Kingborough Council, Tasmania
Kingborough Council is a local government body in Tasmania, and one of the five municipalities that constitutes the Greater Hobart Area. Kingborough is classified as an urban local government area and has a population of 35,853, it covers the transition from the southern urban areas of Hobart through Kingston, as well as encompassing Bruny Island.
The origin of Kingborough Council is a simple derivation from the name of the main town. The name Kingston was suggested by Mr Lucas in 1851, and the area had been known as Brown’s River before then. Why he suggested this name is unknown. Mr Lucas’ parents had been raised in England near New Kingston, they had come from Norfolk Island where the capital was Kingston or it might have been named after the Governor of New Norfolk Philip Gidley King.
Europeans settled in the Kingborough Council’s district in 1808 at Brown’s River (Promenalinah), named after Robert Brown, botanist in 1804. The town and district were both known as Brown’s River during the earliest periods of settlement. The Lucas family settled the area and built The Red House, a prominent mansion which is now Kingston Golf Club. Early Kingston developed primarily around The Red House. Development of Kingborough was slow and the first post office opened only in the 1840s. The first road to Hobart, Proctors Road, was opened in 1835.
Kingston was proclaimed a town in 1851. The town’s name was suggested by the then Police Magistrate, a member of the Lucas family. By 1890 Kingston had a population of 249. When proclaimed on 20 August 1907, the Kingborough Municipality comprised 3 wards: Kingston, Margate and Longley. On 2 April 1993 Kingborough absorbed the former municipality of Bruny.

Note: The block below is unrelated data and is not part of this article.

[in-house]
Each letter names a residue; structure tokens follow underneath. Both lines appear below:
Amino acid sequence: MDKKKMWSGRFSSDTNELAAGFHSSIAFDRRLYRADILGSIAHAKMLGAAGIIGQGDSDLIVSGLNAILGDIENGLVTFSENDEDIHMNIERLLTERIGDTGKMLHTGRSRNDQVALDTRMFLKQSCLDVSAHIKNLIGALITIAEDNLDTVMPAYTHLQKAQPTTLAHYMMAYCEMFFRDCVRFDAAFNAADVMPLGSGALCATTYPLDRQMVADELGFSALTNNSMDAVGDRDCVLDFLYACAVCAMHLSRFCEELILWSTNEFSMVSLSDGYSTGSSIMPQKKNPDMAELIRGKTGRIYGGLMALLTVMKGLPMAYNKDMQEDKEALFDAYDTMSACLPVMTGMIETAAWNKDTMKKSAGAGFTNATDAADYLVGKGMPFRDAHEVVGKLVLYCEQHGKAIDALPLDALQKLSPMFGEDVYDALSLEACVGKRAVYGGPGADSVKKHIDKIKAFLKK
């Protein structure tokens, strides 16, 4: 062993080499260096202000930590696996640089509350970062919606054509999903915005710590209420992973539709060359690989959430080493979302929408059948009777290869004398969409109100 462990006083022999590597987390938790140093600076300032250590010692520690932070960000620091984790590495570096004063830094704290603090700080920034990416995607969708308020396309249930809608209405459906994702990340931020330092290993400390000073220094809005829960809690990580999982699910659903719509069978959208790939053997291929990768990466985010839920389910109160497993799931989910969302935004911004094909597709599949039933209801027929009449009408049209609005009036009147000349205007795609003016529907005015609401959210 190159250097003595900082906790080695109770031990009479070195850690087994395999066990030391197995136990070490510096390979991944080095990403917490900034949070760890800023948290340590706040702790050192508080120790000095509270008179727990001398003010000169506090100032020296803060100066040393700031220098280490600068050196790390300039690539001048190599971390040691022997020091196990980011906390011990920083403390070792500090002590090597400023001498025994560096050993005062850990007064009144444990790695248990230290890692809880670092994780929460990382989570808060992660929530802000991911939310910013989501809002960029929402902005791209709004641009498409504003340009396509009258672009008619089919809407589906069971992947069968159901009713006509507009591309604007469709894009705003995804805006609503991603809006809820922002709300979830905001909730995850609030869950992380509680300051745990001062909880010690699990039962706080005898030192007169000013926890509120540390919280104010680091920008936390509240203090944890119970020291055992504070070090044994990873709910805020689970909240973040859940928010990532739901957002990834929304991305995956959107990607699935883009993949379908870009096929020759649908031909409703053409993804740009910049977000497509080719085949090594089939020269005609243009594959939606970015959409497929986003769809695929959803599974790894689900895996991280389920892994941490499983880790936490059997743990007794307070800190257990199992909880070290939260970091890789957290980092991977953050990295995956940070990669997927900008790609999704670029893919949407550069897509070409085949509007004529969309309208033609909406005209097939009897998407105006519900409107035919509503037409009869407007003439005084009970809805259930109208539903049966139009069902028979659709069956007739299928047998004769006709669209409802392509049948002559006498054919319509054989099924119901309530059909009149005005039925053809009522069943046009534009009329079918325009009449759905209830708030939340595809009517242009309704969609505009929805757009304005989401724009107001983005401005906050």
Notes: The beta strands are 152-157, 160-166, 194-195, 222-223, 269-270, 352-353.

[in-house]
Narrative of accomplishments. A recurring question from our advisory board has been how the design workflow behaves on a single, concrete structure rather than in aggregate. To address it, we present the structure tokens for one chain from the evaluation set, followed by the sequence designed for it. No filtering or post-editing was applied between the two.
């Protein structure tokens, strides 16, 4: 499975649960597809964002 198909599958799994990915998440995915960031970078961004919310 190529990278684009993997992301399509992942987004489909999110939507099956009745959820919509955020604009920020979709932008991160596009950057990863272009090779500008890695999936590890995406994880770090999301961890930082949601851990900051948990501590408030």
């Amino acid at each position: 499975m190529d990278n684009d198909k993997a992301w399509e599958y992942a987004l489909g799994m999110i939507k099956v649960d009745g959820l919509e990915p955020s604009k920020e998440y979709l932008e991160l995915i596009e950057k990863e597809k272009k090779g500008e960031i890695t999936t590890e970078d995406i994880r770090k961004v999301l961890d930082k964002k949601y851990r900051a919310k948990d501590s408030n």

In 1877 Keen’s Curry was invented in the municipality.
The area developed as a holiday area, especially the suburbs of Kingston Beach and Blackmans Bay. Margate and Kettering operated fishing fleets and Taroona created had a manufacturing industry, primarily through Taroona Shot Tower. Sandfly became a center for small fruits and apple orcharding. The decline of the apple industry progresses during the 1960s, but the industry collapsed entirely following the 1967 Tasmanian fires, when much of the municipality was devastated and most orchards burnt down. A memorial to the 62 fatalities of the fire was constructed in Snug following the fire, where 80 of the towns 120 buildings burned and a permanent exhibition is present at the Channel Heritage Center.
Localities and smaller towns of the region include Taroona, Kettering, Margate, Snug, Blackmans Bay and Woodbridge. Kingston is classified as urban, fringe and medium (UFM) under the Australian Classification of Local Governments.
- List of local government areas of Tasmania
- Australian Bureau of Statistics (27 June 2017). “Glenorchy (C)”. 2016 Census QuickStats. Retrieved 23 November 2017.
- “Agency Details: Kingborough Municipal Council”. search.archives.tas.gov.au. Tasmanian Government. Retrieved 11 June 2018.
- “History of Kingston – Early Settlement”. kingborough.tas.gov.au/. Kingborough Council. Retrieved 5 November 2015.
- Gardam, Julie (2014). Sandfly and surrounds (2nd ed.). Snug, Tasmania. Retrieved 1 August 2015.
- “Kingborough’s rich heritage revealed”. heritage.tas.gov.au. Heritage Tasmania. Retrieved 5 November 2015.
- “Snug Bushfire MemorialPrint”. monumentaustralia.org.au. Monument Australia. Retrieved 5 November 2015.
- “Local government national report 2014-2015”. regional.gov.au. Australian Government. Retrieved 8 June 2018.
- Kingborough Council official website
- Local Government Association Tasmania
- Tasmanian Electoral Commission – local government